Forget Olive Oil, This Brand New Cooking Oil Is Made in a Lab and Uses

The world runs on vegetable oil. It is the third most consumed food globally after rice and wheat. it’s in your morning croissant and your oat milkYour salad dressing, your afternoon snack bar, and your midnight cookie.

Our obsession with vegetable oil is so great that we use more landVegetable oil crops account for about 20% to 30% of all the world’s agricultural area – compared to fruits, vegetables, legumes, and nuts. All this leads to catastrophic deforestation, loss of biodiversity and climate change. But what if we could grow cooking oil in a lab?

[Photo: Zero Acre]

launching today, zero acres The first product is a cooking oil made by fermentation: high in healthy fats and low in bad fats, its cultured oil is produced using 85% less land than canola oil, 86% less than soybean oil. emits CO2, and requires 99% less water. Olive Oil. At $29.99, it’s significantly more expensive than its vegetable counterpart, but by replacing only 5% of the vegetable oils used in the U.S. with so-called cultured oil, the company claims, emptying 3.1 million acres of land each year. Will give

Vegetable oils are bad for the environment, but they have also been linked to obesity, heart disease, cancer and other diseases. That’s why Jeff Nobbs, cofounder and CEO of Zero Acre, has been trying to kick them out of the food system for years—first with a keto-friendly restaurant called Kitwa in San Francisco, then with nutrition-tracking software. Now his company is looking to make cooking oil by fermenting microbes instead of harvesting crops.

03 90772384 Zero Acre Cooking Oil
[Photo: Zero Acre]

Traditionally, vegetable oil is made by crushing parts of a vegetable or seed (such as sunflower seeds or olives) and extracting the oil. “cultured oil,” on the other hand, is made by fermentation.

So let’s back up a little. Fermentation involves a naturally occurring chemical reaction between two main groups of ingredients: microorganisms and natural sugars. Microorganisms include bacteria, microorganisms, yeast and other fungi; Natural sugars can be found in a variety of products, from wheat to milk to grapes.

To make wine, for example, winemakers add yeast to grape juice. The yeast then converts, or ferments, the grape’s natural sugars into ethanol, and you have yourself a crisp glass of chardonnay. But you can thank fermentation for the abundance of other foods like bread, cheese, yogurt, pickles, and even chocolate.

When it comes to cooking oil, the process is similar. Nobbs would not disclose the exact type of microorganism being used to produce Zero Acre’s cultured oil, but he says the company works with both non-GMO yeast and microalgae. “We focused on cultures that naturally produce healthy fats, and yeast and microalgae do so efficiently,” he says.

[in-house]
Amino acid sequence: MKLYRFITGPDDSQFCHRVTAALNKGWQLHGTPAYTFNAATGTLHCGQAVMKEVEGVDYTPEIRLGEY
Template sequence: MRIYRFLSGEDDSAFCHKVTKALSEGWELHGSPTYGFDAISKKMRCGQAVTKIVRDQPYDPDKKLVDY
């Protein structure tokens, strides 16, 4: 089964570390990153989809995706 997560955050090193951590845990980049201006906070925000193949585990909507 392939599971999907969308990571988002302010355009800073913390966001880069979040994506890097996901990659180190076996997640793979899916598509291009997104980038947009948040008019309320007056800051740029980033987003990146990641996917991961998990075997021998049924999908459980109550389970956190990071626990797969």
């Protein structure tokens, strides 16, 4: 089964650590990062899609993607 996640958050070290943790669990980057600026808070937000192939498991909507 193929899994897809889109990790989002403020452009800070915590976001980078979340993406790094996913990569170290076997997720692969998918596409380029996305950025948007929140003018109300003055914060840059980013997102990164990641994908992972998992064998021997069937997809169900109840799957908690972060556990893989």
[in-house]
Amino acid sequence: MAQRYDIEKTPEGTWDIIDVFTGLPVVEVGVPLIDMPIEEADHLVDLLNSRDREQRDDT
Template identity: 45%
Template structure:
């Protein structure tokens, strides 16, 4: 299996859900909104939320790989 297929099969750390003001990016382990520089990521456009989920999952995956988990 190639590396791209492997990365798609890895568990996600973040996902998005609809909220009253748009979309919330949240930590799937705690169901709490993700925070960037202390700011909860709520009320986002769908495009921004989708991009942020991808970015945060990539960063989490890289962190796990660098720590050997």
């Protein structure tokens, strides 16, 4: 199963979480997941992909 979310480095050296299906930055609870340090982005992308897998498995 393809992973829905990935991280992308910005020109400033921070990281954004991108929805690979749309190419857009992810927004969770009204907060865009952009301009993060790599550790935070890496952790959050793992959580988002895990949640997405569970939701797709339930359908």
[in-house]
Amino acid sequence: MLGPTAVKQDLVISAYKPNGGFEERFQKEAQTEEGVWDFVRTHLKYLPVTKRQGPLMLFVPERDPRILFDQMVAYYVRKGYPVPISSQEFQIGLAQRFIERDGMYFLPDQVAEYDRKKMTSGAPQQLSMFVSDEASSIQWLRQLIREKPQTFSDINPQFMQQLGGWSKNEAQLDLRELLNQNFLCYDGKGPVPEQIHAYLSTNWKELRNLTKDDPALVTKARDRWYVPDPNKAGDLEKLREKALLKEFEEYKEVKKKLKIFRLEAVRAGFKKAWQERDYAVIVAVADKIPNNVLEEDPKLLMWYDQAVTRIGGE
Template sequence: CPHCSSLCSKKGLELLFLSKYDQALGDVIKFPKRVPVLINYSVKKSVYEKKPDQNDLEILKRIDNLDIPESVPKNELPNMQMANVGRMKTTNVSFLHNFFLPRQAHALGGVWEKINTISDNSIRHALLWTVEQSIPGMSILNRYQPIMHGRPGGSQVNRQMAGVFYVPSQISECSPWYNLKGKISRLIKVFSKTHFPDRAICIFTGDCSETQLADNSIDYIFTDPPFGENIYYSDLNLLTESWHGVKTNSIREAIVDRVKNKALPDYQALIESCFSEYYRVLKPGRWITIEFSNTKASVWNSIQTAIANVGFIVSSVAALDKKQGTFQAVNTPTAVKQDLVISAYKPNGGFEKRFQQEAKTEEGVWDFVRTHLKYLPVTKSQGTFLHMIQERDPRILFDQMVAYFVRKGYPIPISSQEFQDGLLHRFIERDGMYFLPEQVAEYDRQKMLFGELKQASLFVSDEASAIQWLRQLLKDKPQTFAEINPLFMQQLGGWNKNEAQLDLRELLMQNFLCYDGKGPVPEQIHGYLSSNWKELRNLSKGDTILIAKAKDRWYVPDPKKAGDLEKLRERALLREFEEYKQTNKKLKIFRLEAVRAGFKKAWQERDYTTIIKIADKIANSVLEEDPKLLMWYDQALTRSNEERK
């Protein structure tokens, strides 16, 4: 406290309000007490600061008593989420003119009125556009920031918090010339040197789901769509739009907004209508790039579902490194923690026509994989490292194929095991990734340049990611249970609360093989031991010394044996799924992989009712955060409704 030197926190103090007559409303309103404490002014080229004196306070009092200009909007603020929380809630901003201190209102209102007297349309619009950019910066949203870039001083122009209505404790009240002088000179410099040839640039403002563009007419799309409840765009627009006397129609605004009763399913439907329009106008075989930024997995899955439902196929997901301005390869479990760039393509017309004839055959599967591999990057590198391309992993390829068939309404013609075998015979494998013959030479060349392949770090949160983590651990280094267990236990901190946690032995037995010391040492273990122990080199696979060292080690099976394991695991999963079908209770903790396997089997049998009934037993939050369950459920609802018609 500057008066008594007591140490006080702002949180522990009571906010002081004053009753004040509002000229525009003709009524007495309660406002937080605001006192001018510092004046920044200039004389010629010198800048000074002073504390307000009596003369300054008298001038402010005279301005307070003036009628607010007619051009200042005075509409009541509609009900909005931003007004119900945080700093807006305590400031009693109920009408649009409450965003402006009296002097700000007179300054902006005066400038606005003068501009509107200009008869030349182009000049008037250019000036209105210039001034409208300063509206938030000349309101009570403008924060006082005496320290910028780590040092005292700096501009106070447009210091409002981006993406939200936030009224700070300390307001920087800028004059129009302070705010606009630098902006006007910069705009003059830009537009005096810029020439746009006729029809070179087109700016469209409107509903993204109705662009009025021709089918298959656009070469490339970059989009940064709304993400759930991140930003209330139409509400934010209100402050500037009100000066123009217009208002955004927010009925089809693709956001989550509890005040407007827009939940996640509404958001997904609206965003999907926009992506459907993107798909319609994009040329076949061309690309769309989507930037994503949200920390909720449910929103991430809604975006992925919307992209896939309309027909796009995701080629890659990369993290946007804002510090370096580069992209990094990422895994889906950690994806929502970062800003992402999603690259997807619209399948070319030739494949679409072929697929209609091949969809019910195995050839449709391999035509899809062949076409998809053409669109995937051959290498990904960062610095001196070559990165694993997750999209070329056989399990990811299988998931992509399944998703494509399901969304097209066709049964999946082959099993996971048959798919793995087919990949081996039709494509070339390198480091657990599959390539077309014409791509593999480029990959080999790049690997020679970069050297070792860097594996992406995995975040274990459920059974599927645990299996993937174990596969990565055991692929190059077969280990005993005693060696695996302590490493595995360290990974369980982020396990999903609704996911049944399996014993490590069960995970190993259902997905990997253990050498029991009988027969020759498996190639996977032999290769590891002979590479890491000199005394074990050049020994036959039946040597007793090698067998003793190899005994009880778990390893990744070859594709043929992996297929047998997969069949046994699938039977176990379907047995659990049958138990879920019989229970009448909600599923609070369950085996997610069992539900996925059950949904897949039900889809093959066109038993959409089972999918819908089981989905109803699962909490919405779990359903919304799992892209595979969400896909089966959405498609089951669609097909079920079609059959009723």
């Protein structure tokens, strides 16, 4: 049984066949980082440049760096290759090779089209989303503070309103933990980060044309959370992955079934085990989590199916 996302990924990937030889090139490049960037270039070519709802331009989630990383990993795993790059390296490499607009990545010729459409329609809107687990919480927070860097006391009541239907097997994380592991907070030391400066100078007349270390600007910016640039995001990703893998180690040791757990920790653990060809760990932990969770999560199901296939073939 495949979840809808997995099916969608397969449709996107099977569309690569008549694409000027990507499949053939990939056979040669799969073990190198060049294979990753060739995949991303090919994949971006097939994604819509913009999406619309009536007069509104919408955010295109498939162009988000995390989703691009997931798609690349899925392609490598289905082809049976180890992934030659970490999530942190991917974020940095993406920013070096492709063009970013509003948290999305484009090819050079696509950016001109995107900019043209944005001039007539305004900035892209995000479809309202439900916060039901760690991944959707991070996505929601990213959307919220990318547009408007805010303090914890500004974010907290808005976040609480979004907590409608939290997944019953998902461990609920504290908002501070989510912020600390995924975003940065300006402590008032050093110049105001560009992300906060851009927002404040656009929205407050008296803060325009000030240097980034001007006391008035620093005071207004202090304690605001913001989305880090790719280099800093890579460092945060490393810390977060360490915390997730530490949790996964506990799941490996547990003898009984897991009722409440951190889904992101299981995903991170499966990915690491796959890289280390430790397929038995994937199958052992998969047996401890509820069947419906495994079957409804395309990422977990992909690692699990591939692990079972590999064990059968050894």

The process begins with a proprietary culture made from food-producing microorganisms (yeast or microalgae) that is fed to natural plants such as sugar beet and sugarcane. (The company doesn’t develop these directly, but both are part of its supply chain.)

Over the course of a few days, microorganisms convert or ferment natural plant sugars into oils or fats. The resulting mixture is then pressurized and the oil is released, separated, filtered, and cultured oil is yielded. (Knobbs describes the flavor as “mildly buttery,” though you can only taste it if you spoon it straight.)

02 90772384 Zero Acre Cooking Oil
[Photo: Zero Acre]

Nobbs says the whole process takes less than a week, compared to soybean oil (the most widely consumed oil in America), which only requires a six-month period for the seeds to mature. His company’s cultured oil also requires 90% less land to produce soybean oil. (The only reason the company needs land is to grow sugarcane, though Knobbs eventually wishes to use the sugars in existing food waste like corncobs and orange peels, bringing the amount of land closer to zero, so “Zero Acre”.

If the company manages on a large scale. According to Kyria Boundy-Mils, a microbiologist at the University of California, Davis, who has studied yeast oils for the past 10 years, producing “microbial oils” such as One Zero Acre has been studied for at least 80 years. Has been done, “mostly for fuel,” she says via email.

Boundy-Mills recalls a biotechnology company called TerraVia (formerly Solazyme), which developed a technology for making biodiesel from microalgae. Terravia then switched gears and used it to make the first culinary algae oil on the market, which made it at Walmart but was off a few years later.

It’s a cautionary tale for Zero Acre, but “fermentation is a mature technology,” Boundy-Mills says, noting that yeasts and microalgae have been grown extensively in commercial fermentation for decades. The challenge remains the price.

“Fermentation is faster than growing crops, but the capital and operating costs of fermentation facilities are much higher per acre than on farms,” she says. (Zero Acre runs a research center in San Mateo and has raised $37 million to date.)

A bottle of Zero Acre’s Cultural Oil isn’t cheap, but as demand picks up, Knobbs hopes the economy of scale will help the company keep costs down. “We want to start the flywheel, but it will take some time to replace the 200 million metric tons [of vegetable oil],” he says.

Nobbs is also eyeing solid fats that can replace palm shortening, and foods that come with cultured oil as an ingredient, noting, “We want an ecosystem that can replace cultured oil.” develop around the same way it has evolved around olive oil.”

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